Most do not have accountability for contracts, and contracts are not updated regularly based on new threats. Extremely competent organisations incorporate protection into their local and global investment process, and senior leadership oversees the protection of these key assets and processes, as well as review and improve performance through dashboards and reports.
Creating the right conditions
In nature, there is a rhythm to growth and renewal. Just as living creatures take time to fully develop, so does cyber resilience.
Organisations have built their current infrastructures one system, one data set at a time, and cyber resilience will be achieved in the same way – the journey won’t be completed overnight.
Throughout the process, it is important for organisations to nurture the right cultural conditions by fostering a mindset of resilience. People and processes from across departments need to be adapted and brought together for a complete view of what is most valuable and how best to protect it.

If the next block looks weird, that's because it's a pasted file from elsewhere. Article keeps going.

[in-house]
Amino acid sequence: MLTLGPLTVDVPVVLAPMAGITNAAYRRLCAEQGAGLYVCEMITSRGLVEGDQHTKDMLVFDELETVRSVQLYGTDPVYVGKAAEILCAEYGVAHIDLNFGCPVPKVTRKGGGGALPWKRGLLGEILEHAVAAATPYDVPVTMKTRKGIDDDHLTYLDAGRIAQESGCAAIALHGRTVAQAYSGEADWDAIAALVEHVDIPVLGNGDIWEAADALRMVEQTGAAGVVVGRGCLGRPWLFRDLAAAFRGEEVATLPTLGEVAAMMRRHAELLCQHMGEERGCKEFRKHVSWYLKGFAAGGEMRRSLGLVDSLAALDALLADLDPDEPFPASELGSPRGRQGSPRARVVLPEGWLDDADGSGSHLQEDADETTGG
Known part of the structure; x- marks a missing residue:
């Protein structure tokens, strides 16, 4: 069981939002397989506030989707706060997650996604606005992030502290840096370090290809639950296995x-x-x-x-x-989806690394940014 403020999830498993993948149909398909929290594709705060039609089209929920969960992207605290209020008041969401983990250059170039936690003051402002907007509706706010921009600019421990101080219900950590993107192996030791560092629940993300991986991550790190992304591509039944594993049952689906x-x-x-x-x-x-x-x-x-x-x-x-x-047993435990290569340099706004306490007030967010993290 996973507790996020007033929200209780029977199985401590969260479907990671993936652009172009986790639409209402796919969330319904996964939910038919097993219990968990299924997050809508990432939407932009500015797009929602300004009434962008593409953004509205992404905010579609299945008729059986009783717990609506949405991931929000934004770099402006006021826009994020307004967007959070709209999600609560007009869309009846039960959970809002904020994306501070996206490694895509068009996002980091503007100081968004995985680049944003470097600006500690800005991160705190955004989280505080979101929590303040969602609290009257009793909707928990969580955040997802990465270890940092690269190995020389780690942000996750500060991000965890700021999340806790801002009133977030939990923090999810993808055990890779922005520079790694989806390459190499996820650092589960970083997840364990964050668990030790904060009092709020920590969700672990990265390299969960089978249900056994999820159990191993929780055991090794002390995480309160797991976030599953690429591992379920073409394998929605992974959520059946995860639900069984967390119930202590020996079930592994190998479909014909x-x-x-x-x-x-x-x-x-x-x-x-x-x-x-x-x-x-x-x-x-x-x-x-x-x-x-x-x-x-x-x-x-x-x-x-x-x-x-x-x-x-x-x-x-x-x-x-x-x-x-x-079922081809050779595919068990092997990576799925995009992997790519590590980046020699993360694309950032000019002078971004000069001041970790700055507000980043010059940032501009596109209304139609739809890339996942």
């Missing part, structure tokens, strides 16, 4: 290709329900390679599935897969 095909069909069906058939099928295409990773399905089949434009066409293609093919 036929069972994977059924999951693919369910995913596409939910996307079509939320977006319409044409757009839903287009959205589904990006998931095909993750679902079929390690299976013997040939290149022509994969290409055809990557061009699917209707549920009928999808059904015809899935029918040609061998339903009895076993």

An agile and managed approach that allows change and growth, while safeguarding daily operational objectives will minimise negative impact and loss of confidence from clients and partners.
By integrating IT modernisation and cyber security investments, organisations can achieve the biggest impact and be positioned for true cyber resilience. Heavy snow and rains will come, so prepare for the worst – be the tree that bends but doesn’t break.
We fully embrace participation in the 4IR and have been actively innovating in the technology space for many years prior.
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We have worked with clients across the globe to plan and manage cloud rollouts to be compliant with local regulations, assessing, mitigating operational risks and helping gain regulatory approval.